- Keywords: Technical, Maritime
Relevant for ship owners and managers, yards, suppliers, design offices and flag states.
Traditionally, power cables for marine use have been made with copper. Copper is an ideal electrical conductor, but the price of copper has been rising sharply over the last decades, adding costs to the maritime industry. Today, the price of aluminium is roughly one third of the copper price. At the same time, electric propulsion, batteries and hybrid solutions are becoming more widespread in shipping. This is increasing the demand for more economical power cables.
Properties and benefits
Aluminium’s lower conductivity means that a thicker cable is required, but this is compensated for by an overall lower weight. For example, a typical offshore support vessel may have 60 tonnes of large copper cables installed. If these were replaced with aluminium, the weight would be reduced to less than 30 tonnes. Even with the price of special high-quality terminations factored in, the overall estimated saving from switching to aluminium from copper may be more than 50 per cent.
Lighter cables also result in easier installation for the ship builder, further savings on cable trays, less strain on workers and reduced transport costs. Finally, a vessel with aluminium rather than copper cables is lighter and more fuel efficient – resulting in lower operational costs over the vessel’s lifetime.
On a fast ferry where several tonnes of copper weight could be replaced with increased cargo capacity, this would generate added revenue on every trip. Or, alternatively, the weight savings would result in reduced fuel consumption, reduced cost and lower emissions.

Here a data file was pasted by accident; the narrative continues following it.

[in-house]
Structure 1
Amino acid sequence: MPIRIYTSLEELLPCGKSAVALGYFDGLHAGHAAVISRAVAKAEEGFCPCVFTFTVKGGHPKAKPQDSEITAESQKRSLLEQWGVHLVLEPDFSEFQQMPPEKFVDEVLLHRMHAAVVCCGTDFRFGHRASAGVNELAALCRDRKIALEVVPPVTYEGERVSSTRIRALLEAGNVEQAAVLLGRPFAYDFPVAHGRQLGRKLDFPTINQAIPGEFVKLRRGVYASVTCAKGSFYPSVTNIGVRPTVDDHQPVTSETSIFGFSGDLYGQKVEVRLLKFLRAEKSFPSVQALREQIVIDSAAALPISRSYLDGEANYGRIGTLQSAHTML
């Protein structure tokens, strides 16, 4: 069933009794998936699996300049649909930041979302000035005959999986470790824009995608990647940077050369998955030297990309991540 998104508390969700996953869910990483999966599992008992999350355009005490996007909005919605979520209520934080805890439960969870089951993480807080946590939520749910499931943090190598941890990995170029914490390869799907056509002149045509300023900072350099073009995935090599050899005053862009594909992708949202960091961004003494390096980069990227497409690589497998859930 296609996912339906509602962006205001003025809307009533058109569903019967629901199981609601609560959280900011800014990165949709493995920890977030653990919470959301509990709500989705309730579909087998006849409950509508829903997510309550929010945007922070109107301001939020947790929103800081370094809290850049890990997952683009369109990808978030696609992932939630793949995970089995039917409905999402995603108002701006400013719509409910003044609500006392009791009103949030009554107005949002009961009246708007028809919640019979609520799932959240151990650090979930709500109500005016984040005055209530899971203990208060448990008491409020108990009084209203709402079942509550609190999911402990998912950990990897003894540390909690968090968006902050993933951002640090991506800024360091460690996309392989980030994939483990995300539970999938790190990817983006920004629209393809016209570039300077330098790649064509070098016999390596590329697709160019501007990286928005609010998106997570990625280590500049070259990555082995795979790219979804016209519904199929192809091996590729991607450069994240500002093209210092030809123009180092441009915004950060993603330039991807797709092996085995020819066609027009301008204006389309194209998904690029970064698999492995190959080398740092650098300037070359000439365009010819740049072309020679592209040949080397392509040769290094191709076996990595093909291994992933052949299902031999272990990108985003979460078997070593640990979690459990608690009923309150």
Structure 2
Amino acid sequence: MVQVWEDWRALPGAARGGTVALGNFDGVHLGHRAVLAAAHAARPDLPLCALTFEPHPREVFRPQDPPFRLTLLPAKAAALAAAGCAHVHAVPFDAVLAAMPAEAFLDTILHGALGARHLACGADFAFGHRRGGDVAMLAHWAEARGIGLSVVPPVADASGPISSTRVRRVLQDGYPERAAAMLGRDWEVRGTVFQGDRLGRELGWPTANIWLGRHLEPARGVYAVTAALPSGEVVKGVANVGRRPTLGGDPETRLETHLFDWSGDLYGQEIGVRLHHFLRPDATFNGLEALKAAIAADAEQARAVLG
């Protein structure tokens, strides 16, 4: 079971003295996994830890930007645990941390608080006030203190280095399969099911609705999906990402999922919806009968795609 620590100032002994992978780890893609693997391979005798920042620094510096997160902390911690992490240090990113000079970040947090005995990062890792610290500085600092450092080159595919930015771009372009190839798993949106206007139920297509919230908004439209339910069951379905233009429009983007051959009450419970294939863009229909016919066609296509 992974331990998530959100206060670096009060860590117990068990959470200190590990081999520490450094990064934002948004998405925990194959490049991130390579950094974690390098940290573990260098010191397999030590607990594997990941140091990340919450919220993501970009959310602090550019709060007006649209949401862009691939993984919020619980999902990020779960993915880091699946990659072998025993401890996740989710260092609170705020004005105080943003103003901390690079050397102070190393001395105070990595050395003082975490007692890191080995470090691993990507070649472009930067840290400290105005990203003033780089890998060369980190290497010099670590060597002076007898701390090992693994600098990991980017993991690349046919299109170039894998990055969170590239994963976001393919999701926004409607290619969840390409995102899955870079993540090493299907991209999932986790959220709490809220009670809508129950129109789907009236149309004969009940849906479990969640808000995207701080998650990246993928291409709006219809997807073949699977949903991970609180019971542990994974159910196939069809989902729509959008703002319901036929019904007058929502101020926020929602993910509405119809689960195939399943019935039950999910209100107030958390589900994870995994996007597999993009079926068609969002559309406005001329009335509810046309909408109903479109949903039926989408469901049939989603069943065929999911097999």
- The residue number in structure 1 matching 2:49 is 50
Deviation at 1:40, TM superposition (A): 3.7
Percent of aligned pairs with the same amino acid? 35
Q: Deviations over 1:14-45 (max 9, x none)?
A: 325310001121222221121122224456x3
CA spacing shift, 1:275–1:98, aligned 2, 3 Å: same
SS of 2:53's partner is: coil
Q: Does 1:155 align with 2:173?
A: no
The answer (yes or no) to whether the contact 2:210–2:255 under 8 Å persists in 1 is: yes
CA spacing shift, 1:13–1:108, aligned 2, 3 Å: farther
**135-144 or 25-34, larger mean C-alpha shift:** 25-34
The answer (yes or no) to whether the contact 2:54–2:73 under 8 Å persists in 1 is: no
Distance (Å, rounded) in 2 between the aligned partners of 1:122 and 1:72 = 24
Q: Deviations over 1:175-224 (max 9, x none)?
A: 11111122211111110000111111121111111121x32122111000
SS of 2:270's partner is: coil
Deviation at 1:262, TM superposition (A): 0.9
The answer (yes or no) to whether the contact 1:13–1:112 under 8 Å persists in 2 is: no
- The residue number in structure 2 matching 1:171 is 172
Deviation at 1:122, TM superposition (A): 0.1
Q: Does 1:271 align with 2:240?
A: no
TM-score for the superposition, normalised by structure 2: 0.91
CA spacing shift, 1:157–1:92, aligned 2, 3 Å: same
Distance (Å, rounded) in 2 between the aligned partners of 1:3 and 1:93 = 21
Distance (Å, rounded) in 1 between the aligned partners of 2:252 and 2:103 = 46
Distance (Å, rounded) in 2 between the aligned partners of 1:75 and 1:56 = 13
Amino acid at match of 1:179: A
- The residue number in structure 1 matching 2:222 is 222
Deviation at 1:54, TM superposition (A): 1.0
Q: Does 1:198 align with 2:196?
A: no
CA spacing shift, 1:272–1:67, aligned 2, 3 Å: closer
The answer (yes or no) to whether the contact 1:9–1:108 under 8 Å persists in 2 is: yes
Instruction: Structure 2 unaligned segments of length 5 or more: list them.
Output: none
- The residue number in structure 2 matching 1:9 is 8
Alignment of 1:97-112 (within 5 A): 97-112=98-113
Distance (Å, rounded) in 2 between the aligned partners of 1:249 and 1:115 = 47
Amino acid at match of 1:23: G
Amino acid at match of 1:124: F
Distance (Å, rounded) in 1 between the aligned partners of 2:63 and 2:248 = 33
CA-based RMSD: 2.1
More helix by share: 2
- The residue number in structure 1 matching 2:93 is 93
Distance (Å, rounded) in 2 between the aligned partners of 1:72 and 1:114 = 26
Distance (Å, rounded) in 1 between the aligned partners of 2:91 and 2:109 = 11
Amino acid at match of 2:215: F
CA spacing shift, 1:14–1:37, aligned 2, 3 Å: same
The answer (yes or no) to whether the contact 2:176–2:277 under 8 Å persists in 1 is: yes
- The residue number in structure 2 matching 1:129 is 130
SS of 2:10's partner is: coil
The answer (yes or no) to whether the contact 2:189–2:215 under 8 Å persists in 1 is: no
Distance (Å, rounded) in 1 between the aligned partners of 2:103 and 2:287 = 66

Testing and possible issues
The use of aluminium cables has been tested for the past three years in a pilot installation onboard the Olympic Subsea owned and managed, Olympic Artemis, a multipurpose offshore support vessel. The cables have been used to supply power to one of the vessel’s thrusters.
Recently, DNV GL experts, together with representatives from the cable manufacturer, checked the aluminium cables on board Olympic Artemis with a thermographic camera. The survey confirmed perfect connections after more than 11,000 operating hours at sea.
Aluminium has some special properties which can create potential risk for bad electrical contact: Aluminium oxide on the surface must be penetrated to make good contact. Aluminium is soft, and so-called cold flow may cause material to loosen under pressure. Both these issues have been considered and tested in the approved terminations. Furthermore, aluminium cables are intended for fixed installations only – aluminium cables are not designed for moving applications.
Until recently, DNV GL rules did not accept the use of aluminium cables on board vessels. The IEC (International Electrotechnical Commission) has not yet implemented aluminium conductors in their standards for marine cables, but are following the development.